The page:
Hood – after reading the same story in The Daily Kos three times – grew tense. When he learned that two Senate runoffs in Georgia could drastically impact President-elect Biden’s agenda, he was at first cynical. “Typical redneck Georgia, man,” Hood said. “It’s just the same Jim Crow stuff: they make a Democrat win twice, just because he’s a black guy. This kind of racist shit is why I left Georgia after living there for like 20 years or something.” 

Yet rather than curse the darkness, Hood turned to a literary light. 

“Somebody turned me on to this guy Tom Friedman? He writes for the New York Times and magazines, too,” he said. “He’s like an expert, but still can deal with the common man. He’s interviewed taxi drivers from Athens to Rome. Which is perfect, since those are my two favorite cities in Georgia!” 

 It was a national television interview of Friedman that grabbed the fifty-something poet’s attention.    

 


“I mean, dude, that takes it up a notch,” Hood said. “This is serious activism! I thought my friend Topher in L.A. was owning the MAGA’s with his radical phone-banking.”

“I mean, I love the way my boy mimics that cis-white woman’s stupid accent, but you gotta give the nod to the writer guy,” he said. “Which is why I’m headed back to Georgia so I can vote for Rafael Warnock…and that one cis-white guy too, since he’s also a Democrat.” Asked if he had voted in Oregon, and if that might pose legal problems in the Peach State, Hood grew indignant. 

 “So f*cking what, man? I mean, you gonna buy into this Jim Crow myth of “voter fraud?” Hood snapped. “You’re telling me it’s against the law to go to Georgia to vote for a black man? It’s the most anti-racist thing to do, ever. Check your patriarchy and your white privilege, bro. Seriously. Besides, Gov. Abrams will pardon us all.” 

 As he gathered his things to prepare for his cross-country political odyssey, he took a moment to address a music-industry rumor about his band’s most recent political album. “It is nobody’s business whether President Xi and the Peoples’ Cultural Collective sent us a small donation to support our art,” Hood said. “Besides, you can’t prove it, and it’s a totally racist and sinophobic thing to say. Only a fear-mongering redneck from Texas would say such a thing. 
-- fake news

Nov 19, 2020

Chris Ligon’s Summer Vacation

By Kevin Broughton

For four years, Chris Ligon has been most widely known as the composer and lyricist for Chicago supergroup The Flat Five, who’ve given voice to his creativity and quirky, eccentric humor. We spoke with him last week in our feature on the band’s sophomore release, Another World, only to find out he has his own album release set for Nov. 20.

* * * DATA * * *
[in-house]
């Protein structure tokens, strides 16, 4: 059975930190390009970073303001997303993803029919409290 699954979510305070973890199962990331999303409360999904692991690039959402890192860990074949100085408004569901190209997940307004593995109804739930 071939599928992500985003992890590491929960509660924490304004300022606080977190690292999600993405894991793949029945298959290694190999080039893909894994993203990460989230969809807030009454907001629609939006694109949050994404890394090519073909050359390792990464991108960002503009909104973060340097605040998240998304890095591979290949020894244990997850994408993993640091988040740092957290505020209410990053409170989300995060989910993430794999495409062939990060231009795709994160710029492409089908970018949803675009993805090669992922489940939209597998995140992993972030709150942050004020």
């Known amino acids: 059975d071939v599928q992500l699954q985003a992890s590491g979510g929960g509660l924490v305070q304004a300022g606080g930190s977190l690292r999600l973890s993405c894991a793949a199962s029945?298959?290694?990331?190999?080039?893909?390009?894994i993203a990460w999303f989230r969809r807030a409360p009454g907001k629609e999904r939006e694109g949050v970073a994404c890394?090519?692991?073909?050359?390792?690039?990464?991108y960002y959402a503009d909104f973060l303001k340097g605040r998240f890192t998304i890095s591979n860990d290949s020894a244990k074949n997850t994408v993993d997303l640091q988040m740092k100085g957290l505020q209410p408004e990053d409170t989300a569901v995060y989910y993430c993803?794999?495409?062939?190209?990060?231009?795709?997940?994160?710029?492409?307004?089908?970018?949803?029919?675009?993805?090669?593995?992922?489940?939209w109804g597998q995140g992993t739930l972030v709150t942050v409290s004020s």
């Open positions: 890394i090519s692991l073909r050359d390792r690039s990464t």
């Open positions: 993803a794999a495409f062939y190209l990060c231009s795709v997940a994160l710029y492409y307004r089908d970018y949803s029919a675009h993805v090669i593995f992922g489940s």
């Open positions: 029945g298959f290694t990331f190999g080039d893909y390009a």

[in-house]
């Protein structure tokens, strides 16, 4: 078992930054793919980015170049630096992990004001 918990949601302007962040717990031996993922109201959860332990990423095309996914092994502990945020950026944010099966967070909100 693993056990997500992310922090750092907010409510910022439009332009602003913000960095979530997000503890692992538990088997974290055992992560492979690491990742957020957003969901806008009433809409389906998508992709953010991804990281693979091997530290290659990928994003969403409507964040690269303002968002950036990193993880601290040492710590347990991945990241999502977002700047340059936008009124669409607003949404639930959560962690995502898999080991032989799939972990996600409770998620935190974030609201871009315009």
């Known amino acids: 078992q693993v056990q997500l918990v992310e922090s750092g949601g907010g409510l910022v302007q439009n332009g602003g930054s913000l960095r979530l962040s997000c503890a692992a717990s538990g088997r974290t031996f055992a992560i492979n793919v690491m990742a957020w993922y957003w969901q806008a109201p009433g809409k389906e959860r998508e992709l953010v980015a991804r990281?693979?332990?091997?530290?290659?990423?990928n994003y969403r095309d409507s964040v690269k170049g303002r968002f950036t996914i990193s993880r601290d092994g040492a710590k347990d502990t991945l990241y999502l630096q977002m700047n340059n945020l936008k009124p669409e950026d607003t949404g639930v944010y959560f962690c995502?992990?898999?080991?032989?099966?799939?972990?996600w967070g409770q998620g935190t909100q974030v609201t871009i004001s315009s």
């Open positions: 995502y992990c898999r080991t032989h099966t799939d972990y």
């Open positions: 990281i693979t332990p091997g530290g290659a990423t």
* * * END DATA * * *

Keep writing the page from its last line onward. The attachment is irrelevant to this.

How could we resist? Summer Vacation, ten tightly arranged, slightly kooky songs, tips the time scale at a whopping 23 minutes. And it’s everything you’d expect: delightfully whimsical musings, reflections and meditations. And in at least one instance, instrument and song title merge into a musical form of onomatopoeia.


Do you play and track all the instruments yourself?


Yes, I play everything and record in my basement. I'm not really a great instrumentalist but I teach myself how to play something then I record it and then I forget it and move on. 


"Bee Beard" sounds like a beard of bees would look; just some pretty basic keyboards. Whence the inspiration?


This one I played on a "Baldwin Fun Machine" from the 70's. I love the sound. I've always wondered about those guys who you see with 8 million bees all over their face like a beard. It kind of makes me sick really. 


"Hard To Follow" and "Diet Drink": are those pianos a tad out of tune? Maybe "God's Famous Heart," too? 


Yes, my upright piano is really out of tune, but I've learned to like it and work around most of the bad keys. Sometimes limitations will take you in a writing direction that you might not have thought of if you had all the greatest equipment. So, I'm a big user of broken down old instruments. Kind of like the Island of Misfit Toys! 


It's somehow fitting that "Evil As Evil is He," the one overtly political cut on the album, is a polka in a minor key. How did you pair that particular musical style with those lyrics?


I thought it sounded kind of like a Kurt Weil-German cabaret thing that was popular in the underground when Hitler was raising hell 85 years ago.


Nice. LOL. Finally, where can people find Summer Vacation? 


Summer Vacation is being distributed by Pravda Records. Hopefully it'll be available by next week at www.pravdamusic.com.

Nov 17, 2020